Today I have been following tweets from the Future of Technology in Education event (#fote13) which a lot of my Twitter contacts seem to have attended. Interestingly, it included some content on Open Access, less encouraging is that according to this blog at least the only question emerging early on was “so what else is new?”.
This made me think back to my previous comment that (learning technology) conferences all too easily preach to the converted. Contrast this to Noam Chomsky, who I have been catching up with a bit of late, who successfully seems to suggest a way forward at the end of speeches/Q&As. Admittedly, those ways forward may be difficult, even unrealistic, but he does seem to do a good job of at least proposing something.
Open Access interests me partly as it was a fairly big topic when I did my MA but also in that it offers alternatives to very established business models, which at the very least makes it worthy of attention considering how entrenched some are. Pre and prior to the MA I have attended a number of sessions over the years where the feeling in the room has been academics/librarians vs publishers and its interesting that Open Access models still seem to revert to that or concerns around quality. The alternative discourse then becomes publishers saying ‘well you don’t want Amazon to win do you?’ when it perhaps should be academics saying ‘okay so what about self publishing?’. Even though the web has various platforms for self publishing the argument seems to be that take up doesn’t happen due to the RAE, or equivalents, or that Amazon is already the one-stop shop. This is how I see it though…
- For university teaching – lecturers tell students what to read. Libraries offer additional related content to be found, partly via serendipity. An e-book could compile various resources in a package not dissimilar to an old interactive CD-Rom or a VLE/LMS course. Children may well reach school and university age expecting these highly rich experiences. Overall, the academic experts could self publish and/or use OERs to avoid negative publisher implications.
- For publishing of research – effective communities of practice could do much of the peer review. There are then plenty of models out there for how best to do other components of the process.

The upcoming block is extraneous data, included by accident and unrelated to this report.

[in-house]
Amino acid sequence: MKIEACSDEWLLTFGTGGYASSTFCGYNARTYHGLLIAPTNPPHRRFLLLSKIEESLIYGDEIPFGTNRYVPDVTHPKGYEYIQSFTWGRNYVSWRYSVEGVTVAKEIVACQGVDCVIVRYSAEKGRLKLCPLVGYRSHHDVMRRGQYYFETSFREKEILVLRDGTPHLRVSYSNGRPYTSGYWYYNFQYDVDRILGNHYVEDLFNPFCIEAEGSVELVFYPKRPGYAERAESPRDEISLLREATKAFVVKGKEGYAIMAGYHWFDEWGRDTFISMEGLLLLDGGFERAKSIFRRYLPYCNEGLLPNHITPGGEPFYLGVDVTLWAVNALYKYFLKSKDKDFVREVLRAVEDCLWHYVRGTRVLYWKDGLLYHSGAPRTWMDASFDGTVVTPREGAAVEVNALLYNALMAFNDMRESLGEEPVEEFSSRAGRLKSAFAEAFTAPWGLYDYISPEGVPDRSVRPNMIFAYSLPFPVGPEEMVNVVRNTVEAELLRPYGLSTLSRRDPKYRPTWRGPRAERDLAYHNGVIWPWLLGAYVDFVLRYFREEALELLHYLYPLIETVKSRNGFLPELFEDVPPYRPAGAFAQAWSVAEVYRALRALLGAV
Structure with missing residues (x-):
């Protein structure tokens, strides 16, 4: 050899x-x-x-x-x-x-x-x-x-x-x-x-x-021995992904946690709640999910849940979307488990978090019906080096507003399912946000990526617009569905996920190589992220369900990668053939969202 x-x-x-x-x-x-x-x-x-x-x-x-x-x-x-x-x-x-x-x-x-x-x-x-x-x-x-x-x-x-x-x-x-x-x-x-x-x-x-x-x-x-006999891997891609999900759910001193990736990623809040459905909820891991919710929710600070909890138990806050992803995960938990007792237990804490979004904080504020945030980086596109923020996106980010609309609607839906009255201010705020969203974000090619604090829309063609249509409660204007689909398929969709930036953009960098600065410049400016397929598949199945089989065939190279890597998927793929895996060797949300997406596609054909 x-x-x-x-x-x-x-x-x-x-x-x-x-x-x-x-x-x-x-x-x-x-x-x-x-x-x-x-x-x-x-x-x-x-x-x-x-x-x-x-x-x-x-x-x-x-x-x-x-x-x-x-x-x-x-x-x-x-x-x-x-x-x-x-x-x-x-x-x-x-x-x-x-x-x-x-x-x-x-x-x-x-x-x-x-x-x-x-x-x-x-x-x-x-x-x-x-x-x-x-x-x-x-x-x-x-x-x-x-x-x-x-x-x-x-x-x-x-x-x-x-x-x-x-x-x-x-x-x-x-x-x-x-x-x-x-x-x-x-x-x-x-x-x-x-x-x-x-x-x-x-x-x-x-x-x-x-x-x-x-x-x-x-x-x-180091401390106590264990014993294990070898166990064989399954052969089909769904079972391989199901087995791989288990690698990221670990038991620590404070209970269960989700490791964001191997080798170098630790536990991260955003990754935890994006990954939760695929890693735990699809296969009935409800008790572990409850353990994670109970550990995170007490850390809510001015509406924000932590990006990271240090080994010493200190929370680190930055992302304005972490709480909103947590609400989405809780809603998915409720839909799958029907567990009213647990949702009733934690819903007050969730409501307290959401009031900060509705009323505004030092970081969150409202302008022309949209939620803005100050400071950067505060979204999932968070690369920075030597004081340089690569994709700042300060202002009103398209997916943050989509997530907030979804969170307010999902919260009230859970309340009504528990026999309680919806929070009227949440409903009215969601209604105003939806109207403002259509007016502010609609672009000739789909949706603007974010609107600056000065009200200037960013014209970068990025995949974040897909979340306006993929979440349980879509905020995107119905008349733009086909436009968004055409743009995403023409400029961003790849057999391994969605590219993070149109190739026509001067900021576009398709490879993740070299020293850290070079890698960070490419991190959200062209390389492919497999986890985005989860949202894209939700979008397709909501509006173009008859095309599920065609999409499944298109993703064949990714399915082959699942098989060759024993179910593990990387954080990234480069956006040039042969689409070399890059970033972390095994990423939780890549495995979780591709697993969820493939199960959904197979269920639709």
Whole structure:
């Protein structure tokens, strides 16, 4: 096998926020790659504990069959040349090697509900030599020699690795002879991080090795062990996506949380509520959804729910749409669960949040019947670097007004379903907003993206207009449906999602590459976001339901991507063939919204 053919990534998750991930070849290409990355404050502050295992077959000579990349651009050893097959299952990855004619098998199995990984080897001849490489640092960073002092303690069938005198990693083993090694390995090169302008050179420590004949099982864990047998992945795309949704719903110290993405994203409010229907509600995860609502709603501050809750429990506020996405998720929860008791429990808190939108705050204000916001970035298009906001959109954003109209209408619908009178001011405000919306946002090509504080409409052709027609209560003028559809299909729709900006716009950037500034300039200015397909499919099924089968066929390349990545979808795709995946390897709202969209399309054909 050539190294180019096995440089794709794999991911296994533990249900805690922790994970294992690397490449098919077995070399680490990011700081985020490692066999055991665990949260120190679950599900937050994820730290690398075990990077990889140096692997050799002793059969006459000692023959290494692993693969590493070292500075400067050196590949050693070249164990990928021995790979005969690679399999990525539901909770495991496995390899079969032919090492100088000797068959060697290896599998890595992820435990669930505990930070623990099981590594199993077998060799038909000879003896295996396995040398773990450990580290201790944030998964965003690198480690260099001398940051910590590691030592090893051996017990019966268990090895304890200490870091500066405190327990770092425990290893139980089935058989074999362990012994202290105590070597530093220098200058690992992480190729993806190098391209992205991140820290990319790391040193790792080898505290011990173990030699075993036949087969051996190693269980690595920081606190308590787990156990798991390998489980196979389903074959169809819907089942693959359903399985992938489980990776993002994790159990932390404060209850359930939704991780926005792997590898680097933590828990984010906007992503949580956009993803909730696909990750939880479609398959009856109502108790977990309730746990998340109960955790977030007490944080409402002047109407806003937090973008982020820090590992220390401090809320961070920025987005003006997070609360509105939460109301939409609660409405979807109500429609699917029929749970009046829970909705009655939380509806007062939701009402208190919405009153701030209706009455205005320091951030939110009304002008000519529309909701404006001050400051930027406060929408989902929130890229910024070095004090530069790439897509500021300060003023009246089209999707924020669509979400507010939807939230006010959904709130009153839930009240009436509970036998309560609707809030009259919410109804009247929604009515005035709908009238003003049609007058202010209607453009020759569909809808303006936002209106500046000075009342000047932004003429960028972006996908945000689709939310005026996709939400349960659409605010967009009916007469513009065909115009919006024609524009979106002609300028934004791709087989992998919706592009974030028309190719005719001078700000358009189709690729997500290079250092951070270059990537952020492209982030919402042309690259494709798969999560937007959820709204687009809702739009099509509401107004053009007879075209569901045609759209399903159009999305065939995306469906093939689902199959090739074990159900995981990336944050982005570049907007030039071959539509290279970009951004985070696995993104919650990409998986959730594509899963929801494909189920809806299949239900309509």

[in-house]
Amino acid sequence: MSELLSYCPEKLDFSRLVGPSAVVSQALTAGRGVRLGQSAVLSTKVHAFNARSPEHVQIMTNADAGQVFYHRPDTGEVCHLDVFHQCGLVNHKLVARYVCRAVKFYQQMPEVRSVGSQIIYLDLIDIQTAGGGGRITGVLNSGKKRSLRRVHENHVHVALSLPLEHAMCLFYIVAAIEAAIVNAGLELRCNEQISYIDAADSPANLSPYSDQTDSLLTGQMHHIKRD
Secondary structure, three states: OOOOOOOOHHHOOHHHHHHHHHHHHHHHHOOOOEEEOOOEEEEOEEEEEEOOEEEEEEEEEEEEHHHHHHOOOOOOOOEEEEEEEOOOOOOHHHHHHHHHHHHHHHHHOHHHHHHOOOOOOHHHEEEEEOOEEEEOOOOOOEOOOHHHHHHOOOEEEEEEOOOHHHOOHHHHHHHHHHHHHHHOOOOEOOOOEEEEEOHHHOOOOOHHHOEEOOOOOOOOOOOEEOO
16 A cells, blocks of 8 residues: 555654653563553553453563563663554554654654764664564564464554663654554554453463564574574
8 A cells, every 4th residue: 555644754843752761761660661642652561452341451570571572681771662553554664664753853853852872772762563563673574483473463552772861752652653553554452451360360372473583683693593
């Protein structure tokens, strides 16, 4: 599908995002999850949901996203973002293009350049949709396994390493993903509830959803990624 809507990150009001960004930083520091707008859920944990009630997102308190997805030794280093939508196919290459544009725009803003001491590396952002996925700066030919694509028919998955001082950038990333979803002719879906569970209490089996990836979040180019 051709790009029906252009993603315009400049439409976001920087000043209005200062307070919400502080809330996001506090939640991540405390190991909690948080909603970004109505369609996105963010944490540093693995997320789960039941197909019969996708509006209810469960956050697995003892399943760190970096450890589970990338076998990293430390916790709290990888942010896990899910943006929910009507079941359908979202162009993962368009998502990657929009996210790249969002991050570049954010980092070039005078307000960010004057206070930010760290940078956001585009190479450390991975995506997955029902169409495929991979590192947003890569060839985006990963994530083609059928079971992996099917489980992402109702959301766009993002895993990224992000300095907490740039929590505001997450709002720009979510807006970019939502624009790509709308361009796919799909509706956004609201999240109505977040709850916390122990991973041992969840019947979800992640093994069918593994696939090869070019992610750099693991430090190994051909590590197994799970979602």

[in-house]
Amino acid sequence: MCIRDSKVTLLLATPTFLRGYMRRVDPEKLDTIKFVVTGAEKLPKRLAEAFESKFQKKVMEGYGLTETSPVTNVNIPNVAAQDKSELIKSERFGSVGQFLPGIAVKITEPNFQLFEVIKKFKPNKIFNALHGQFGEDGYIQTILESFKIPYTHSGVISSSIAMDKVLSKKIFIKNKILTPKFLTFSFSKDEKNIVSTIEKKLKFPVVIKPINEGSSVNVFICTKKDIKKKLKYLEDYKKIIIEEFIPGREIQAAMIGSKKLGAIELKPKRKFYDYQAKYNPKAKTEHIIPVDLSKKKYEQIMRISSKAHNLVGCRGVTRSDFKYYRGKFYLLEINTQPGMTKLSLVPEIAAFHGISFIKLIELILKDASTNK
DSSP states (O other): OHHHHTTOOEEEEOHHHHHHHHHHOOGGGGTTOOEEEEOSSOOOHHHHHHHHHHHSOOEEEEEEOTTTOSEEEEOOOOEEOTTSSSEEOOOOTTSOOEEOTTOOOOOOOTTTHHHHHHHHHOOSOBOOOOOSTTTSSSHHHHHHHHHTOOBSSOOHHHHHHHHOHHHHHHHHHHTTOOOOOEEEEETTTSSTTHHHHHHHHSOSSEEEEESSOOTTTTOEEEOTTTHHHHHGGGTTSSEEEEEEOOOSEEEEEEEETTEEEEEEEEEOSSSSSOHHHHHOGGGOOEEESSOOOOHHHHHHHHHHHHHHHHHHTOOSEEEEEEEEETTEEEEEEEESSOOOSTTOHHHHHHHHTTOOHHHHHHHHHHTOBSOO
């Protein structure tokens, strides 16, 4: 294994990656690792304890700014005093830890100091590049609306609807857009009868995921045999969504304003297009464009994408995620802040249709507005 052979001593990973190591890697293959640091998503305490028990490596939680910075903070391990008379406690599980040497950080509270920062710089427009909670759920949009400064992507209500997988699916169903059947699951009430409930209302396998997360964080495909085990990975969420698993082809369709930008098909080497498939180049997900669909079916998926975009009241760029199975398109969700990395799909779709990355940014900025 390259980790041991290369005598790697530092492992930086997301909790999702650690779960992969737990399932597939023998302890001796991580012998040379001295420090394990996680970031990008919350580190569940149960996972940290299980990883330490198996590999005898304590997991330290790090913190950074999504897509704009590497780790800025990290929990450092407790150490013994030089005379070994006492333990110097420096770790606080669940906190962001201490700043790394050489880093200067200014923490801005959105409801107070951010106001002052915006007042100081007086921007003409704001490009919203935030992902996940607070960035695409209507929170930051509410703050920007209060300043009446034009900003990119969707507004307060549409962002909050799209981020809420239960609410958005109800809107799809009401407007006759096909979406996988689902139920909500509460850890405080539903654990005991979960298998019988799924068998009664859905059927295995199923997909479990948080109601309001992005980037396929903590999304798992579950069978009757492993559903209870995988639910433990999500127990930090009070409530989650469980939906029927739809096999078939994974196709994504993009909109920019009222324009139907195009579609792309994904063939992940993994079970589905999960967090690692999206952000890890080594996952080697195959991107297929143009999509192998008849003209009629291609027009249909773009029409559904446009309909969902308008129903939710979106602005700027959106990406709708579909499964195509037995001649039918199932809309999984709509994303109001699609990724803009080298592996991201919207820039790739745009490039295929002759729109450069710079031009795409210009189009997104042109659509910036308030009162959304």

Accenture’s offering to help publishers establish new digital business models is an interesting development but also surely too little too late for those who have not progressed already, especially considering that the publishing industry is itself dominated by a fairly small number of big players (and even more so at the delivery level with Amazon, Play and iTunes dominating digital distribution).
For universities, the real value in MOOCs seems to be that it is bringing up old debates on improving the format of university courses and I would hope the outcome will be:
- A chance to reinvigorate the ‘university press’, with iBooks, Kindle and other formats bringing in funding. If Korean secondary school teachers can make millions of dollars selling videos online surely UK academics could make a few quid via rethinking scholarly communication as mentioned above?
- Publicly funded research made available publicly. Papers, yes, but also make academics disseminate via Wikipedia, etc.
- A better offering of varied course length/types for different audiences. Foundation degrees were a start, but there is plenty of room for MOOCs to influence the pre and post degree skill/knowledge set (I’m presuming the degree already has plenty of online/blended elements – if it does not it more than likely should have had about 5 years ago).
All of the above would mean big changes for HE organizations and I suspect discussion will inevitably run and run, meaning plenty more conferences on such areas. Ultimately they could find themselves in a more diversified industry but ultimately that makes sense – seeking revenue streams away from the traditional under/postgraduate teaching/research restraints.